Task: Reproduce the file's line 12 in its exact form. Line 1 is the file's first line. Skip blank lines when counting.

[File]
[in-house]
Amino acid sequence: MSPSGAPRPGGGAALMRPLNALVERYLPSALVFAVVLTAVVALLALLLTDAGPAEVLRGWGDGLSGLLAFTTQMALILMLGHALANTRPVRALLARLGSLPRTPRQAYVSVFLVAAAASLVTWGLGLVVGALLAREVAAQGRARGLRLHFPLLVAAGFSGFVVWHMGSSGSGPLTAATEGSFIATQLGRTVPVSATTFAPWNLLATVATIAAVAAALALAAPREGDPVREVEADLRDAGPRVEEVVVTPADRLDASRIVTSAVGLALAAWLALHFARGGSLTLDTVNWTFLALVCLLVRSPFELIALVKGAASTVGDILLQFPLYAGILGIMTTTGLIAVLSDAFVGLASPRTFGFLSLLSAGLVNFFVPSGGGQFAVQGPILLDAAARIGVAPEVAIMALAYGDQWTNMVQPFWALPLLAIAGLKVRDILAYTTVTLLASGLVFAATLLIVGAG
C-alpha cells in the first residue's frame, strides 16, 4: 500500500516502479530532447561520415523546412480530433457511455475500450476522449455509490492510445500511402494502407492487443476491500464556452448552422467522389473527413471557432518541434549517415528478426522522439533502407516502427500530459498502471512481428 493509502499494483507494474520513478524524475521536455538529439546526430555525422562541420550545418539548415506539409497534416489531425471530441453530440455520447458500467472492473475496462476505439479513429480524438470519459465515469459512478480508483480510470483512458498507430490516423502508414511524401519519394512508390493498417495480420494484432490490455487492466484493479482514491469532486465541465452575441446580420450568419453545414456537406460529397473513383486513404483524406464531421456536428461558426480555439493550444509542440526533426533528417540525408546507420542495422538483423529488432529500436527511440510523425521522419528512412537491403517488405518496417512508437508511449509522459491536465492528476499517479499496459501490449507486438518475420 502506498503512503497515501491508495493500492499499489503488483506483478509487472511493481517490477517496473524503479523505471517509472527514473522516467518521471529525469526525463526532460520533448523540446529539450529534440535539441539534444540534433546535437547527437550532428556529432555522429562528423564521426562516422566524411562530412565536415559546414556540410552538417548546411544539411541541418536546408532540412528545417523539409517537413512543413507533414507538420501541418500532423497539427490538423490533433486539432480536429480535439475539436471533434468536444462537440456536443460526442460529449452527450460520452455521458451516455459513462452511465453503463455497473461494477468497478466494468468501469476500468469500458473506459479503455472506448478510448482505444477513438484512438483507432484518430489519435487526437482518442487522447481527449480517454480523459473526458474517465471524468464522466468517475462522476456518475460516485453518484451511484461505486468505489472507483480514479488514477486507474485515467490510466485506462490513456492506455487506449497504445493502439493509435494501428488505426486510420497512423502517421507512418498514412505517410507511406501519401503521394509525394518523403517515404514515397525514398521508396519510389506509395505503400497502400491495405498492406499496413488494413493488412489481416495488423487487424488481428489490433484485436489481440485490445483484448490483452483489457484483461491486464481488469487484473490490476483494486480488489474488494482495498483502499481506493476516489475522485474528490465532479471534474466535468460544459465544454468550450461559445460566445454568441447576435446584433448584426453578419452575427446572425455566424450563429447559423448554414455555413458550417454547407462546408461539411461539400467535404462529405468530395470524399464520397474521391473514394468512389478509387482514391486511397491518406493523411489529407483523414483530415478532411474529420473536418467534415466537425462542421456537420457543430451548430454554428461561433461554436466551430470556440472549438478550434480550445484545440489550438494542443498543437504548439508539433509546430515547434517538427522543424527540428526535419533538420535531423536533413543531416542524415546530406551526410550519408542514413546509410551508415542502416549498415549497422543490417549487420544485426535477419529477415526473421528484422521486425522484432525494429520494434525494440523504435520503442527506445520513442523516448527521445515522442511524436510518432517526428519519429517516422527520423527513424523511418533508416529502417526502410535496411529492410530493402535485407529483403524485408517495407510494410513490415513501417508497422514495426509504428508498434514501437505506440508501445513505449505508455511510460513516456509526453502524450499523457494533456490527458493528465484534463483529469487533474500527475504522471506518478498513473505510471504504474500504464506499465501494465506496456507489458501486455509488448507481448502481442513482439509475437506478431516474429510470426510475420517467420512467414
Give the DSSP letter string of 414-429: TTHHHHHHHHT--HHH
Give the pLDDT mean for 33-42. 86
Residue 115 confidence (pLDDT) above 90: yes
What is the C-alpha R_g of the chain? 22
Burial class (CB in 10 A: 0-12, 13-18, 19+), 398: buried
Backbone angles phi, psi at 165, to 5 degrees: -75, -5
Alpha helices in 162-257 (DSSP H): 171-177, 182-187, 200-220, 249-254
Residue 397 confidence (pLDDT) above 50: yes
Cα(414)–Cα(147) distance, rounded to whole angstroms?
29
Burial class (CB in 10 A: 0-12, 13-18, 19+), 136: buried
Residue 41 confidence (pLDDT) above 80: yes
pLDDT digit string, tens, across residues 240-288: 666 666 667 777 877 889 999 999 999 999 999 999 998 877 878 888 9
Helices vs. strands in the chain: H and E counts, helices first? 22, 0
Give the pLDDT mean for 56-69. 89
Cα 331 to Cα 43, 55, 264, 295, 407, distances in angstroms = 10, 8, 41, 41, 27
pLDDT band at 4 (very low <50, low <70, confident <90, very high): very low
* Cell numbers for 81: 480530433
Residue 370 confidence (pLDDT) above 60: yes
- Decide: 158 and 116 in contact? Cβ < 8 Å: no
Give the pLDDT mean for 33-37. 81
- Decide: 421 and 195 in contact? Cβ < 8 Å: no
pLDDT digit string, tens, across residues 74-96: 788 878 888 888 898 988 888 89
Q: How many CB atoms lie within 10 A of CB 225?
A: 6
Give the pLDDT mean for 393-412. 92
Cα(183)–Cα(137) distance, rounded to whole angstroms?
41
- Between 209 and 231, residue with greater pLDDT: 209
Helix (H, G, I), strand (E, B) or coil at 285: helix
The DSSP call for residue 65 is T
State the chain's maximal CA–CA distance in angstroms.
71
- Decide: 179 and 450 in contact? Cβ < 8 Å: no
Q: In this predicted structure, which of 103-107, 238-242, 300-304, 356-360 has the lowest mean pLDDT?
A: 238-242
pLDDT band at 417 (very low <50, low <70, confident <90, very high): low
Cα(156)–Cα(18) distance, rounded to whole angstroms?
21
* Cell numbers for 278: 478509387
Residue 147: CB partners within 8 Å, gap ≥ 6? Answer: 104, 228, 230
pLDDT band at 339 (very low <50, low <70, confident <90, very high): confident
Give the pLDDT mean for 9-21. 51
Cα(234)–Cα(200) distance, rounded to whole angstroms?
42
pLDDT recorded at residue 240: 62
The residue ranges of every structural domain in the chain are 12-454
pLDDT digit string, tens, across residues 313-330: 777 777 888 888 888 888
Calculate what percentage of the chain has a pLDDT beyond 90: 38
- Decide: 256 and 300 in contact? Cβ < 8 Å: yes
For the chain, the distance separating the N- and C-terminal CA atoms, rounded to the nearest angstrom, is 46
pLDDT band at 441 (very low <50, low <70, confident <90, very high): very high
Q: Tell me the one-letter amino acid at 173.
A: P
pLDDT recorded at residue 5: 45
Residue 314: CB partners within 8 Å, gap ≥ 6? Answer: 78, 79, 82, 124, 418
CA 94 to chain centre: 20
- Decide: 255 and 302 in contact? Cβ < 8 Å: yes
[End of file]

Cα(414)–Cα(147) distance, rounded to whole angstroms?